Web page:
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Education in basque


In response to the social demand for education in Basque, met from the 1960s by the ikastolas, Basque has now been included in the education system by all the regional governments in the Basque Country. The Basque Autonomous Community was the first to regulate education in Basque by law (1982). Public-sector teaching in Basque began in Navarre in 1986; in both cases, different linguistic models were provided at each school stage. In France, education through Basque depends on the ikastolas, which are run by social initiative with support for staff fees from the public educational system, and further help from the Autonomous Community of the Basque Country. Despite some ups and downs, bilingual education has now attained a level of maturity and consolidation.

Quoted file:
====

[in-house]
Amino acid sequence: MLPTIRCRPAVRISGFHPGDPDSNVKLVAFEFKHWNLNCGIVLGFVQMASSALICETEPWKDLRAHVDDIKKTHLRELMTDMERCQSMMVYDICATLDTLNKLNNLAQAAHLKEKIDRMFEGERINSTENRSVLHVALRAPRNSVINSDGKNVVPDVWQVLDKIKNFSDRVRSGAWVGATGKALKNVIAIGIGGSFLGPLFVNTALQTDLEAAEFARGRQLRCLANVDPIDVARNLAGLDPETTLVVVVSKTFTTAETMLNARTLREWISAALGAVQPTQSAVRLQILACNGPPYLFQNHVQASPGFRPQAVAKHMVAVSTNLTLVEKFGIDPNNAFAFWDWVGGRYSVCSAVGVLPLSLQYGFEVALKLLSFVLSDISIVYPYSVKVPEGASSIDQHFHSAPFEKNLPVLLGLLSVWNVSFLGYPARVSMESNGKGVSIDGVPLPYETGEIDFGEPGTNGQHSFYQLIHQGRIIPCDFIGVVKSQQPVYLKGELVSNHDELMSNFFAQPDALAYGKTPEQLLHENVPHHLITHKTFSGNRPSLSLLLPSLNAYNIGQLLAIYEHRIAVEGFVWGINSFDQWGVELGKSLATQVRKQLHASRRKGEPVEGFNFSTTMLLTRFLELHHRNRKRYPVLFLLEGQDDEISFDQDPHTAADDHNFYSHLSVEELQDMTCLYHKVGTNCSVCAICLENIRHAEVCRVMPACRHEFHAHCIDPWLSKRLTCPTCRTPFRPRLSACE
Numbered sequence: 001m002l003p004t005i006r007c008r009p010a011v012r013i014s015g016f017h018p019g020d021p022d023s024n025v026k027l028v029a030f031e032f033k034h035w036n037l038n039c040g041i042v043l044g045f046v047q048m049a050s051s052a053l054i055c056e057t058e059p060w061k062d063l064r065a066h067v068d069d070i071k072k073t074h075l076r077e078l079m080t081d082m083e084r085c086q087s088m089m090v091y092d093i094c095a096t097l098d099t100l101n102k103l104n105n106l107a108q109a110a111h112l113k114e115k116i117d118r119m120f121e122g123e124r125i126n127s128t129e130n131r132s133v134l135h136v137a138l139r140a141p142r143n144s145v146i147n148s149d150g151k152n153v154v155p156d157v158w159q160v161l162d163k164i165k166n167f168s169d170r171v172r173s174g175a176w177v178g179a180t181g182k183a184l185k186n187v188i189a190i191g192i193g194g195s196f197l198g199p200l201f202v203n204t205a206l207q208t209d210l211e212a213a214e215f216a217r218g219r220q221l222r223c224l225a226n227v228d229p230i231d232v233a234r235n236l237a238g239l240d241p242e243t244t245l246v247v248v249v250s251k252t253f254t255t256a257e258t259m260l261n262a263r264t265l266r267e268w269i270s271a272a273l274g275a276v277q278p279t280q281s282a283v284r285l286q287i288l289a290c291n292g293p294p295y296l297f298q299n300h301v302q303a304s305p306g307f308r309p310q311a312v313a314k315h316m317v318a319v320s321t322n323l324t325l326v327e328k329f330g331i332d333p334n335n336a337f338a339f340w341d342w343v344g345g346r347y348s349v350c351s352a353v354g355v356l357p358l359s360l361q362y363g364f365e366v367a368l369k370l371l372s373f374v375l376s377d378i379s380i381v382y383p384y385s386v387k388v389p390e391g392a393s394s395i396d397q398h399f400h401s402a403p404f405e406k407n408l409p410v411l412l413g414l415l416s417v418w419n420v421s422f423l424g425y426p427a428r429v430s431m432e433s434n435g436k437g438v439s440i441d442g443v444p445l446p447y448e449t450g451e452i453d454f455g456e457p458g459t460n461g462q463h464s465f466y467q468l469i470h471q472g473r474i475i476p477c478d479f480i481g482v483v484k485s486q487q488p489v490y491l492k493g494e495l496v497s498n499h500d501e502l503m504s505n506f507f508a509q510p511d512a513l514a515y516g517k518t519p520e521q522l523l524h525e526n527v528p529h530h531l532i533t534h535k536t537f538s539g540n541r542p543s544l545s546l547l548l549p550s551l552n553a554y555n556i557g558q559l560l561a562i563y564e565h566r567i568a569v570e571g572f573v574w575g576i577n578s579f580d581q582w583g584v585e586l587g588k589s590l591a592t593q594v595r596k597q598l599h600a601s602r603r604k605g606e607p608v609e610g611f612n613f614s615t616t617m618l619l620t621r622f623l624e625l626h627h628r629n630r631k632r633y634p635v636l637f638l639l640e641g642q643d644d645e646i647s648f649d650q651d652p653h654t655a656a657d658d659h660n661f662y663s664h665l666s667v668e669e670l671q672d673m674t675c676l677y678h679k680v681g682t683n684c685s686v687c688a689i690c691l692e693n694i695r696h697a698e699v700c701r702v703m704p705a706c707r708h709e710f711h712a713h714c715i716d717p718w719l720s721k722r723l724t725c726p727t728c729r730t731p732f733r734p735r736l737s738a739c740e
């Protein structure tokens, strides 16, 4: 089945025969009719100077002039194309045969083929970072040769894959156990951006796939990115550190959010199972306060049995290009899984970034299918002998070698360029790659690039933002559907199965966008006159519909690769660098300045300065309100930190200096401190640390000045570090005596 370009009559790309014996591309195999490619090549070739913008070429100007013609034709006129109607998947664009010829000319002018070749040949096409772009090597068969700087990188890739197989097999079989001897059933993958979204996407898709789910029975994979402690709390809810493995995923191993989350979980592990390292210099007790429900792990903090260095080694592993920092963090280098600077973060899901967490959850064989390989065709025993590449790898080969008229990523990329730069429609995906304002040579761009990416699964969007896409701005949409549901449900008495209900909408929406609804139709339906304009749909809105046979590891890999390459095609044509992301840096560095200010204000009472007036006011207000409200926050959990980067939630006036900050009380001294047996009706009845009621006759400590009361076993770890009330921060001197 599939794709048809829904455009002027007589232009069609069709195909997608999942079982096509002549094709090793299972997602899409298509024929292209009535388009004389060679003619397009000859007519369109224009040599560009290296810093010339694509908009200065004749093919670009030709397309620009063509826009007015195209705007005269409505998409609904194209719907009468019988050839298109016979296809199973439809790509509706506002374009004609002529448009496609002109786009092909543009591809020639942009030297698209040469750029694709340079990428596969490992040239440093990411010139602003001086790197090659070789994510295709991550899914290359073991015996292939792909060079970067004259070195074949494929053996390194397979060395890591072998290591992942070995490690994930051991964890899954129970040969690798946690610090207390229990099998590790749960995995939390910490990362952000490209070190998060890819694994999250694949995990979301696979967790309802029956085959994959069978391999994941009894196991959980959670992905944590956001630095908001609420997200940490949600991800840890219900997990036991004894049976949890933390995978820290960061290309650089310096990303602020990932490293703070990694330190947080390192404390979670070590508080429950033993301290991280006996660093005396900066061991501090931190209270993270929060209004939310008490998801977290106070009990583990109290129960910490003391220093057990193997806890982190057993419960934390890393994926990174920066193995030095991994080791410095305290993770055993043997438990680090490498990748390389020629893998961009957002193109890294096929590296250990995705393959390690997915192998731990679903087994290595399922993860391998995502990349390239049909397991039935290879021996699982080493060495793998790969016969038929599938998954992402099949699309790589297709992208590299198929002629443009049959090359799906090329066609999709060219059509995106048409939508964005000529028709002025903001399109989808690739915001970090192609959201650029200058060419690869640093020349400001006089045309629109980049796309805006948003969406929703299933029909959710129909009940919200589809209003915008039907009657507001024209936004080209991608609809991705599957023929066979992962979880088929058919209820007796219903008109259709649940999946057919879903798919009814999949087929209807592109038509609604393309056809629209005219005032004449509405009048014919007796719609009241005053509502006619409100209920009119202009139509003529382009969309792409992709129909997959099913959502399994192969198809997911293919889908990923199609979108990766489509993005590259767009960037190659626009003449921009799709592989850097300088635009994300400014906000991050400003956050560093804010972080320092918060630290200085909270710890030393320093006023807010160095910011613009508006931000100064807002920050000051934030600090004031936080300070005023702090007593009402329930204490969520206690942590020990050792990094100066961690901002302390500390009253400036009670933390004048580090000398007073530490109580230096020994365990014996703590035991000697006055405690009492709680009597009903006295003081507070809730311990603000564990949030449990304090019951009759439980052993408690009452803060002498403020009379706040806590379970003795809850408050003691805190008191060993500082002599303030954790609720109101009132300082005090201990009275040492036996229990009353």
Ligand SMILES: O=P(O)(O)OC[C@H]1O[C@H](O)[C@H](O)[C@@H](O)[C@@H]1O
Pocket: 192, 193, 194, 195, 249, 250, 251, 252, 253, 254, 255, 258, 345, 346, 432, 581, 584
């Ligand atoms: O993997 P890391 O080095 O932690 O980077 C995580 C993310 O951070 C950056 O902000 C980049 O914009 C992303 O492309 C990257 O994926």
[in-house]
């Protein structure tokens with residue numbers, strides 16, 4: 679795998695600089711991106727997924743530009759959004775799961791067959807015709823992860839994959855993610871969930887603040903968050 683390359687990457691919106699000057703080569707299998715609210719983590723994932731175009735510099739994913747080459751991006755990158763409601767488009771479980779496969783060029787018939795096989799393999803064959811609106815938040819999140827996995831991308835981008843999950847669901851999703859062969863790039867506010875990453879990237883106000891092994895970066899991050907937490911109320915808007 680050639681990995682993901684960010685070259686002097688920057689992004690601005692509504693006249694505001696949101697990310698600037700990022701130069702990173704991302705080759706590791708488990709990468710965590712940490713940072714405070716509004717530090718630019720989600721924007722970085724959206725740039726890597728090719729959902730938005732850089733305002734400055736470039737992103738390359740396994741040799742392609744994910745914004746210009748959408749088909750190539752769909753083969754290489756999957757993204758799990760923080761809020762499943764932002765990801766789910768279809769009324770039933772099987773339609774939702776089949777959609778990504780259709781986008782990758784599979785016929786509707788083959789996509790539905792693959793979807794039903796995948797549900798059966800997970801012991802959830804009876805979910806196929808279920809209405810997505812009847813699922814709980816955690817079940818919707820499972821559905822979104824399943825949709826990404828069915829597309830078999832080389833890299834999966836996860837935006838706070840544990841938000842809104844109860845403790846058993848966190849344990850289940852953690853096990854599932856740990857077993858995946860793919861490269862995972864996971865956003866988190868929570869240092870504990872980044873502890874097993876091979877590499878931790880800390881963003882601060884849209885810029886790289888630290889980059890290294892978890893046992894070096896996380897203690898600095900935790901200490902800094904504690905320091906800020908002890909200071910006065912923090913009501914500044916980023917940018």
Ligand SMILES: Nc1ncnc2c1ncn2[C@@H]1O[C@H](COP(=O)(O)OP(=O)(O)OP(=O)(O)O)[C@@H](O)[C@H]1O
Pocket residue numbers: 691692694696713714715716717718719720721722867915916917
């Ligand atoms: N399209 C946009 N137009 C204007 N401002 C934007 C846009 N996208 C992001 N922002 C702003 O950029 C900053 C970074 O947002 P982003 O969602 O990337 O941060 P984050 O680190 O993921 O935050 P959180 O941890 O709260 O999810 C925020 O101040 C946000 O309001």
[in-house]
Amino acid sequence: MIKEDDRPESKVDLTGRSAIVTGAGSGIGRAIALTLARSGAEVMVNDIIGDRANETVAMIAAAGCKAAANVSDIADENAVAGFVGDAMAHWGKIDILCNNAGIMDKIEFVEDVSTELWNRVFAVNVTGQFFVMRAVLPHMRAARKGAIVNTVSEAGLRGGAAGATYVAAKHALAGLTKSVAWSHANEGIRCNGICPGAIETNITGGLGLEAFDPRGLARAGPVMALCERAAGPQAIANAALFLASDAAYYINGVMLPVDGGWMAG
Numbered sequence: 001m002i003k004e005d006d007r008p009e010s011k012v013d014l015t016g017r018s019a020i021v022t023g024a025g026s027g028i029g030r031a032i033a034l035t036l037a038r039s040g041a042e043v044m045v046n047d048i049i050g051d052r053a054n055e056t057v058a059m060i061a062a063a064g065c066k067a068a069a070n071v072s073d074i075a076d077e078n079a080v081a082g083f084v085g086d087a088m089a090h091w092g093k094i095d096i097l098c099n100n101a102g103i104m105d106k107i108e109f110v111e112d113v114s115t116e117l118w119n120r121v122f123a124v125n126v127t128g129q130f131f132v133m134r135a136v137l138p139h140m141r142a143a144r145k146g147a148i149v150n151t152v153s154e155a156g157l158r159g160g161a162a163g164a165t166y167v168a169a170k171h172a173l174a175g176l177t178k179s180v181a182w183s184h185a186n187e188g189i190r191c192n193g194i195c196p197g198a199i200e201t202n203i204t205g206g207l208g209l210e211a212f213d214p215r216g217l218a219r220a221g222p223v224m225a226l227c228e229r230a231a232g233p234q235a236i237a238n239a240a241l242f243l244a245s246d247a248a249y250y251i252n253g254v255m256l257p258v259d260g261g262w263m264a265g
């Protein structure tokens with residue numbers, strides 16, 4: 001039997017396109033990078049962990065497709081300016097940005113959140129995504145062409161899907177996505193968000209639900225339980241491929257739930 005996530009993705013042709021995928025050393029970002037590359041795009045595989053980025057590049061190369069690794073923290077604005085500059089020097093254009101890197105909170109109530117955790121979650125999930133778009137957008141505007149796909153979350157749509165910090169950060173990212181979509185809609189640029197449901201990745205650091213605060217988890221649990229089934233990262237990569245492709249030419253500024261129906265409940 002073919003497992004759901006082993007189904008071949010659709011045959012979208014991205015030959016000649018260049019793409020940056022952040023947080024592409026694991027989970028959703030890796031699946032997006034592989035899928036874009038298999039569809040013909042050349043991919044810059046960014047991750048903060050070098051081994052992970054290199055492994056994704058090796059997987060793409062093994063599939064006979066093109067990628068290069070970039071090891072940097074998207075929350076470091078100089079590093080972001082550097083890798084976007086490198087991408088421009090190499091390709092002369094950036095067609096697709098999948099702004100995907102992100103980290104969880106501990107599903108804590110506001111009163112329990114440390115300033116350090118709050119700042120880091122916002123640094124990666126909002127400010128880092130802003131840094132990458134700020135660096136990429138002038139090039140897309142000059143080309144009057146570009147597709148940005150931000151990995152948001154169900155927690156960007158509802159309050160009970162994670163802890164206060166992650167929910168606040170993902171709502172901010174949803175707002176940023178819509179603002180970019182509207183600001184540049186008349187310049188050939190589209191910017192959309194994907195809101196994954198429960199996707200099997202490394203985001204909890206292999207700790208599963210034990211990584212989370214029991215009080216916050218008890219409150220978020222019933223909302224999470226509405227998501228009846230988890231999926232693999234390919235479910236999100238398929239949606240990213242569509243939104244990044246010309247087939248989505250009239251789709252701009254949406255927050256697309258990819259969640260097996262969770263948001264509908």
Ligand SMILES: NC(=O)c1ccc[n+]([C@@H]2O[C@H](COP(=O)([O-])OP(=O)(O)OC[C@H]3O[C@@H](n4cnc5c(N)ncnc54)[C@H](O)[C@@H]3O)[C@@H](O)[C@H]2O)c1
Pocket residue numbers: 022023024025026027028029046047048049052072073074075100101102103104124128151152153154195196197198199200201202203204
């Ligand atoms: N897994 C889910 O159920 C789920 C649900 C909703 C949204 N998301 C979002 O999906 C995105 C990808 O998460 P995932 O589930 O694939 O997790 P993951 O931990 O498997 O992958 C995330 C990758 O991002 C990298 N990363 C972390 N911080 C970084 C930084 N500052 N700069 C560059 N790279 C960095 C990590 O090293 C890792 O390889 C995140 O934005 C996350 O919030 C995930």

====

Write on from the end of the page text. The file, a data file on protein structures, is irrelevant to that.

291. In the Basque Autonomous Community, education is governed by the Standardisation and Use of Basque Act 1982 and Decree 138/1983, which regulates the use of the two official languages at pre-university levels. It provides for three linguistic models, A, B and D and establishes guidelines for training teachers in Basque, setting out the minimum requirements to be met by teachers in the Basque language. 292. The linguistic models are as follows: In Model A, all teaching is through Spanish. Basque is taught as a separate subject. In Model B, the two languages are both used as a vehicle of education, in approximately equal proportions. In Model D all teaching is through Basque, with Spanish taught as a separate subject. 293. According to enrolment figures for 2010-2011, three out of every four new pupils in the Autonomous Community of the Basque Country, began their schooling in Model D (all Basque). 294. In 2010–2011, throughout the entire Basque Country, 300,277 children aged between 3 and 18 years were studying in Basque. In the Basque Autonomous Community, 195,790 were in Model D and 75,787 in Model B. In the Northern Basque Country, 1480 pupils were in Model D and 4,669 in Model B. In Navarre, 22,551 pupils, around 23% of the total, were in Models D and B, distributed in 114 schools. 295. Map of enrolment in primary education in the Basque Country for academic year 2004-2005. Published by the Basque Kultur Elkargoa foundation. 296. Studies show that in the Basque Autonomous Community, schools with Basque as their main language achieve the best academic results: in Primary, Secondary and Bachillerato (High School), the pass rate is higher in Model D schools. According to these figures, multilingual students, with Basque as their main language, emerge from the compulsory education stage better prepared, not only in their knowledge of the two official languages but in the other subjects as well. 297. The difference in the results is even greater at Bachillerato (high school) level. In the Basque Autonomous Community, the pass rate among Model D students in the second year of Bachillerato during 2008-2009 was 15 points higher than in schools giving classes mostly in Spanish. Specifically 81.4% of pupils in Model D passed, as opposed to 66.7% in Model A. These are not one-off results, but reflect a trend that has been repeated since 2004 in the public and private school network, and in all cycles since academic year 2004- 2005. 298. In Navarre too, Model D (Basque-language) students enjoyed a higher pass rate in the 2009 university matriculation exams (95.95%) than those who took the exams in Spanish (93.43%). 299. 299. In Navarre, teaching in the Basque language in the public system began in 1986. The following year for the first time, pupils could choose between linguistic models: 10,107 pupils in infant and primary education enrolled in Basque (13.34 %). The proportion has grown and in 2009 more than 20% of pupils were studying in Basque. For the last decade, Navarre has seen an increasing demand for schooling in Basque, which now accounts for around a quarter of all pupils. Of those who study in Basque, the majority do so in schools in the public network, and 27.5% in private ikastolas. 300. In their syllabuses and texts, teachers and publishers include content on the Basque Country and its famous figures, its history, culture, art, folklore and tradition, in accordance with the Basque school curriculum. 301. In the twenty-first century, the production of educational materials in Basque has become an ever larger business. Amongst the leading publishers who bring out new text books each year are Elkar, Erein, Ibaizabal, Ikastolen Elkartea, Ttartalo, Gaiak and Giltza. Schoolbooks now account for half of total sales of books in Basque.
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